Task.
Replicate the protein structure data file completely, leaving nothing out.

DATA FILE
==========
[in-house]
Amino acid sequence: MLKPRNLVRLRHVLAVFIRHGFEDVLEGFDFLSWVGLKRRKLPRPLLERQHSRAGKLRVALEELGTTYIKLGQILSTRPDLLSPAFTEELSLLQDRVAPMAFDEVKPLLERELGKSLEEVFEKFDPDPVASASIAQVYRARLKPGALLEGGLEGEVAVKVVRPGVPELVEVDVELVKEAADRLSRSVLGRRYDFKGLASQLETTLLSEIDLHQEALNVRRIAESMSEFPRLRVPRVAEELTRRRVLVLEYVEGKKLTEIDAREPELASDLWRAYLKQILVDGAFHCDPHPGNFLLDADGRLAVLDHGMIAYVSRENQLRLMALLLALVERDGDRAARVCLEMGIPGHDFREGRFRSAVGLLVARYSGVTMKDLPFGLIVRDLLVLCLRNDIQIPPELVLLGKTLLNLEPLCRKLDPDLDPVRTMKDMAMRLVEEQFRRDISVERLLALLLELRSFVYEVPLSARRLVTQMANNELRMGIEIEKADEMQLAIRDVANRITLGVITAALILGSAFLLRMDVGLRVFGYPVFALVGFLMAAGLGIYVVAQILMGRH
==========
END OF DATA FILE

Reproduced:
[in-house]
Amino acid sequence: MLKPRNLVRLRHVLAVFIRHGFEDVLEGFDFLSWVGLKRRKLPRPLLERQHSRAGKLRVALEELGTTYIKLGQILSTRPDLLSPAFTEELSLLQDRVAPMAFDEVKPLLERELGKSLEEVFEKFDPDPVASASIAQVYRARLKPGALLEGGLEGEVAVKVVRPGVPELVEVDVELVKEAADRLSRSVLGRRYDFKGLASQLETTLLSEIDLHQEALNVRRIAESMSEFPRLRVPRVAEELTRRRVLVLEYVEGKKLTEIDAREPELASDLWRAYLKQILVDGAFHCDPHPGNFLLDADGRLAVLDHGMIAYVSRENQLRLMALLLALVERDGDRAARVCLEMGIPGHDFREGRFRSAVGLLVARYSGVTMKDLPFGLIVRDLLVLCLRNDIQIPPELVLLGKTLLNLEPLCRKLDPDLDPVRTMKDMAMRLVEEQFRRDISVERLLALLLELRSFVYEVPLSARRLVTQMANNELRMGIEIEKADEMQLAIRDVANRITLGVITAALILGSAFLLRMDVGLRVFGYPVFALVGFLMAAGLGIYVVAQILMGRH